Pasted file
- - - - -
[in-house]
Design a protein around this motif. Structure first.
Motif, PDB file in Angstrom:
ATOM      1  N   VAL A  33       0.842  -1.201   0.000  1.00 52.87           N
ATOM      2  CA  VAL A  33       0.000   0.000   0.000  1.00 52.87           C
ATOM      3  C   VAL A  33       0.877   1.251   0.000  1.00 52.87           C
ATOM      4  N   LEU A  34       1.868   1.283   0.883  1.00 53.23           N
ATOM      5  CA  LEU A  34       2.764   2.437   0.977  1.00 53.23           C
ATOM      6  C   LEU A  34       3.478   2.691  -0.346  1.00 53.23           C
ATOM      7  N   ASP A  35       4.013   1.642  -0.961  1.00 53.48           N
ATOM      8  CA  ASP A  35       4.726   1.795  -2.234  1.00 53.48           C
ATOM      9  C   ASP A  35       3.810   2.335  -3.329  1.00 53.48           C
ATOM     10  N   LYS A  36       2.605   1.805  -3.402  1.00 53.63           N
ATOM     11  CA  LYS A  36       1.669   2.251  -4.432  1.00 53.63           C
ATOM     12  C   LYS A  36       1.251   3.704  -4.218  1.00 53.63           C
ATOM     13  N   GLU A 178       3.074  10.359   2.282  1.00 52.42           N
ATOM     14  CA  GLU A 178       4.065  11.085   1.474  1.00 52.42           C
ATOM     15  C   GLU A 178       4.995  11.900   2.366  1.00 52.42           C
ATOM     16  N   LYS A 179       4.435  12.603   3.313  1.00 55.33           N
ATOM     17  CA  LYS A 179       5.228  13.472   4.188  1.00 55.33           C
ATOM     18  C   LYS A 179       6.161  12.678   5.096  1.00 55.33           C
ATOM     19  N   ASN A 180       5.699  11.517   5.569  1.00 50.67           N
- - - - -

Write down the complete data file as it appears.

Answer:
[in-house]
Design a protein around this motif. Structure first.
Motif, PDB file in Angstrom:
ATOM      1  N   VAL A  33       0.842  -1.201   0.000  1.00 52.87           N
ATOM      2  CA  VAL A  33       0.000   0.000   0.000  1.00 52.87           C
ATOM      3  C   VAL A  33       0.877   1.251   0.000  1.00 52.87           C
ATOM      4  N   LEU A  34       1.868   1.283   0.883  1.00 53.23           N
ATOM      5  CA  LEU A  34       2.764   2.437   0.977  1.00 53.23           C
ATOM      6  C   LEU A  34       3.478   2.691  -0.346  1.00 53.23           C
ATOM      7  N   ASP A  35       4.013   1.642  -0.961  1.00 53.48           N
ATOM      8  CA  ASP A  35       4.726   1.795  -2.234  1.00 53.48           C
ATOM      9  C   ASP A  35       3.810   2.335  -3.329  1.00 53.48           C
ATOM     10  N   LYS A  36       2.605   1.805  -3.402  1.00 53.63           N
ATOM     11  CA  LYS A  36       1.669   2.251  -4.432  1.00 53.63           C
ATOM     12  C   LYS A  36       1.251   3.704  -4.218  1.00 53.63           C
ATOM     13  N   GLU A 178       3.074  10.359   2.282  1.00 52.42           N
ATOM     14  CA  GLU A 178       4.065  11.085   1.474  1.00 52.42           C
ATOM     15  C   GLU A 178       4.995  11.900   2.366  1.00 52.42           C
ATOM     16  N   LYS A 179       4.435  12.603   3.313  1.00 55.33           N
ATOM     17  CA  LYS A 179       5.228  13.472   4.188  1.00 55.33           C
ATOM     18  C   LYS A 179       6.161  12.678   5.096  1.00 55.33           C
ATOM     19  N   ASN A 180       5.699  11.517   5.569  1.00 50.67           N